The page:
When it comes to designing an Executive Dashboard, it is crucial that you take into the account the end user. Understanding and fulfilling their requirements can be the difference between success and failure.
After all, these are the people who will ultimately be using these tools on a day-to-day basis and any discontent on their part is sure to cause problems for the business as a whole.
The aim of an Executive Dashboard is to present users with a simplified snapshot of the data that really matters to them. However, failing to take into consideration user requirements could completely diminish the value that these tools offer.
This article looks at some of the most important factors that you should take into consideration in order to ensure the success of your Executive Dashboard.
The number of users
There may be a wide spectrum of different users, but it still makes sense to try to create a ‘persona’ of the typical characteristics that they may have, and how many of them there will be.
An Executive Dashboard is more effective when it can be customised to the user’s needs, but this becomes progressively more difficult as the number of users increases. Even if the data requirements are the same for all users, the way in which they use the Dashboard may be completely different.
With a single user, it would be simple to tailor every aspect of the Dashboard to their specific needs, allowing for optimum efficiency. However as the number of users grows, it becomes increasingly difficult to ensure certain sections are user-specific.
User skills/ experience
The level of experience of the people using your Dashboard will ultimately define how complex and detailed the information on it can and must be. This experience may refer to their position within the company, or their previous experience of using similar systems for handling data.
It is important to compensate for the differing capabilities of users by making your Dashboard more versatile.
The more experienced a user is, the more likely it is that they will wish to drill down further through the information, as they can handle a greater complexity of data.
On the other hand, a user who is a relative novice would only be able to handle limited complexity, and so the focus for them would be around how easy the Dashboard was to use, rather than how extensive was the data that it displays.
Not only is the appropriate volume of data related to experience, the type of data that a user will typically require is also affected. Users in different levels or sectors of the business will interact with different types of data on a day-to-day basis, and it is therefore important that there is a degree of flexibility that allows users to prioritise particular metrics.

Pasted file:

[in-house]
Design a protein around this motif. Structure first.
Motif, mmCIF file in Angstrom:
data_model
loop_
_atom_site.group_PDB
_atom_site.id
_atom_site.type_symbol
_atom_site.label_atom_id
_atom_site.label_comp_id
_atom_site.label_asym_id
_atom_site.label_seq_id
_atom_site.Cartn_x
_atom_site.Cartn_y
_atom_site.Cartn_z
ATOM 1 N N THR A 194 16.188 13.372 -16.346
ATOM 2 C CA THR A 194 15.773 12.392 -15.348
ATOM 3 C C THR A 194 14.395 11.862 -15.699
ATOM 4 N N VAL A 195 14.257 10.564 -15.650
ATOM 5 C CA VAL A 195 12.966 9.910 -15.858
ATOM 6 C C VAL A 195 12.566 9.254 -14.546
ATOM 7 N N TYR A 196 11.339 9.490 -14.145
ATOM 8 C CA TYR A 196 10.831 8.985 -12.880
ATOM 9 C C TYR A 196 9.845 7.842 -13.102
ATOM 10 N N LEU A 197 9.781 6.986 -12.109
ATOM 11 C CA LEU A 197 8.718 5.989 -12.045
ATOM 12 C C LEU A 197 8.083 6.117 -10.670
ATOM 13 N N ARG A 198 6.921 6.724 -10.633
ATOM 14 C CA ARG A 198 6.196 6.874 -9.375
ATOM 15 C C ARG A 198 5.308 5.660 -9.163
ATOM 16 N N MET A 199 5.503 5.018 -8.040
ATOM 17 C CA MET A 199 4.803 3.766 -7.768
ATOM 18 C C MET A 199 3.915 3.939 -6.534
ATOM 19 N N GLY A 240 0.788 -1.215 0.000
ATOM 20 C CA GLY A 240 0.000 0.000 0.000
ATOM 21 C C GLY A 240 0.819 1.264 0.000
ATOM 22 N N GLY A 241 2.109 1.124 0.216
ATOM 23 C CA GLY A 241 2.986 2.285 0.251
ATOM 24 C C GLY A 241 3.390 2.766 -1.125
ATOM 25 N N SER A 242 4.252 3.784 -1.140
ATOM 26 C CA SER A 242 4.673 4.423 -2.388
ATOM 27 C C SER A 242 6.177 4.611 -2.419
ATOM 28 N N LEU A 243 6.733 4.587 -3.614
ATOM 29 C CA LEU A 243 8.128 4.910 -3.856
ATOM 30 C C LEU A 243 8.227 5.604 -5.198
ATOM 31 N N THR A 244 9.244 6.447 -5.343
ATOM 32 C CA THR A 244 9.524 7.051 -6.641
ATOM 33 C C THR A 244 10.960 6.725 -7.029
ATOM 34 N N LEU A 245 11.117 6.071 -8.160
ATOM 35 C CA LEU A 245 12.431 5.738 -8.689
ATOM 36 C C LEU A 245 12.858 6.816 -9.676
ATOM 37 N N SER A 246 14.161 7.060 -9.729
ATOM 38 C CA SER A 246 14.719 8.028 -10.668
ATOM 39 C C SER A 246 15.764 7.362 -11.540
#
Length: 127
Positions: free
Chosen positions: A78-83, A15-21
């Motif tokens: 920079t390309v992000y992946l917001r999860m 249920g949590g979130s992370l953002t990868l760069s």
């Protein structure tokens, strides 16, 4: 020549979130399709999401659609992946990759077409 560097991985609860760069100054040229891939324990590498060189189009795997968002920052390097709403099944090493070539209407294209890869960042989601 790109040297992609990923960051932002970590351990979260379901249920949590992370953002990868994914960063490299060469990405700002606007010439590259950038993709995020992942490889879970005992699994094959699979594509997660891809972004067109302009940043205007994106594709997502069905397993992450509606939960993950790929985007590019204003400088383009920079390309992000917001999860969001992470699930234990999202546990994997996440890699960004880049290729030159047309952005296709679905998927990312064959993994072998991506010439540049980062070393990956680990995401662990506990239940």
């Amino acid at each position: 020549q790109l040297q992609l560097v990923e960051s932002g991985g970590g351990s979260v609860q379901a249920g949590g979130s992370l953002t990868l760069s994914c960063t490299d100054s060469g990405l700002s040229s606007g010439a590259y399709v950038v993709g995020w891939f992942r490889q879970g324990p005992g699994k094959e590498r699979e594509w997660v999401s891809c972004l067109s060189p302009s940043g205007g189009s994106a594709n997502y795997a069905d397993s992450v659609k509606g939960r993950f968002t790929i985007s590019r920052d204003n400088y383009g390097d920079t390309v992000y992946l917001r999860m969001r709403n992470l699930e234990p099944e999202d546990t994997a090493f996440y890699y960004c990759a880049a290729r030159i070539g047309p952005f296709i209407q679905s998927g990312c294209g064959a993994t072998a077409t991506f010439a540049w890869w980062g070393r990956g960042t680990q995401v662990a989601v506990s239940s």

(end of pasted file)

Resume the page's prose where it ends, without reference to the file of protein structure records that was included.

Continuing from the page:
Rather than including a large number of filters, which can increase complexity and waste valuable space, it would be more efficient to have some kind of intelligence built in to the Dashboard that allows more frequently-used performance indicators to be prioritised.
The platform on which an Executive Dashboard will be viewed can be influential in determining how it should be designed. Innovations in technology over recent years have completely changed the way in which information can be viewed, with technology such as smartphones and tablet devices making it easier than ever to access data anywhere in the world.
This can improve accessibility and be a great selling point for your Dashboard, but it can also be costly and time-consuming to make available across a large number of supported devices. You must also take into consideration the screen size and resolution of individual devices in order to optimise the Executive Dashboard display.
Regardless of this, the ability to support mobile devices remains a key requirement for users. The demand for this feature is highlighted by a recent Jaspersoft survey which found that 85% of respondents recognised the advantages that could be gained from accessing Business Intelligence tools on their mobiles device.
Additional User Requirements
As well as the more obvious user needs, it is also important to account for some of the more specific requirements that individual users may need.
A lot of these requirements may involve the visual qualities of the Executive Dashboard as some users may find it harder to interpret the information than others.
A good example of this is the case of colour-blind users who may struggle to view information that is presented in particular colours and colour schemes. It may not seem that important in the grand scheme of things but over 250 million people worldwide have some degree of colour-blindness, including around 8% of all males. With such a high prevalence worldwide, is this really something that you can afford to ignore when designing an Executive Dashboard?
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